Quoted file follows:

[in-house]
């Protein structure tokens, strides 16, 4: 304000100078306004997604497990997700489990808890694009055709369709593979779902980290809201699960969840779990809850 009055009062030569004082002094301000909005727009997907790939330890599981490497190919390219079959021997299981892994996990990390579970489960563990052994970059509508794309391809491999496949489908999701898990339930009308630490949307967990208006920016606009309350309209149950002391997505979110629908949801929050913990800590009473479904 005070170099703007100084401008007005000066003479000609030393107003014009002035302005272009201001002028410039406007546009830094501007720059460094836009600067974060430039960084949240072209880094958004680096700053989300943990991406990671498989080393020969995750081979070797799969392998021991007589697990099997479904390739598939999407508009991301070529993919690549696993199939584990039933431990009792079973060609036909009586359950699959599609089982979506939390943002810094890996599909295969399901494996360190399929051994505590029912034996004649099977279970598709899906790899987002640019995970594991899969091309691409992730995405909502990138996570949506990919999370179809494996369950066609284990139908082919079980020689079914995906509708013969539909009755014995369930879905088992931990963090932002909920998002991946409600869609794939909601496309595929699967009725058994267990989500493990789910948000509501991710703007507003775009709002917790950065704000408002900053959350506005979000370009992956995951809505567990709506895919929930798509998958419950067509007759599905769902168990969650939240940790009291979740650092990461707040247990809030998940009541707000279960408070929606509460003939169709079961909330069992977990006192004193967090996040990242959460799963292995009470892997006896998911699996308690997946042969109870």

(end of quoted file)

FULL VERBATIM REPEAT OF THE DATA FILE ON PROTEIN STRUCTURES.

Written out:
[in-house]
């Protein structure tokens, strides 16, 4: 304000100078306004997604497990997700489990808890694009055709369709593979779902980290809201699960969840779990809850 009055009062030569004082002094301000909005727009997907790939330890599981490497190919390219079959021997299981892994996990990390579970489960563990052994970059509508794309391809491999496949489908999701898990339930009308630490949307967990208006920016606009309350309209149950002391997505979110629908949801929050913990800590009473479904 005070170099703007100084401008007005000066003479000609030393107003014009002035302005272009201001002028410039406007546009830094501007720059460094836009600067974060430039960084949240072209880094958004680096700053989300943990991406990671498989080393020969995750081979070797799969392998021991007589697990099997479904390739598939999407508009991301070529993919690549696993199939584990039933431990009792079973060609036909009586359950699959599609089982979506939390943002810094890996599909295969399901494996360190399929051994505590029912034996004649099977279970598709899906790899987002640019995970594991899969091309691409992730995405909502990138996570949506990919999370179809494996369950066609284990139908082919079980020689079914995906509708013969539909009755014995369930879905088992931990963090932002909920998002991946409600869609794939909601496309595929699967009725058994267990989500493990789910948000509501991710703007507003775009709002917790950065704000408002900053959350506005979000370009992956995951809505567990709506895919929930798509998958419950067509007759599905769902168990969650939240940790009291979740650092990461707040247990809030998940009541707000279960408070929606509460003939169709079961909330069992977990006192004193967090996040990242959460799963292995009470892997006896998911699996308690997946042969109870």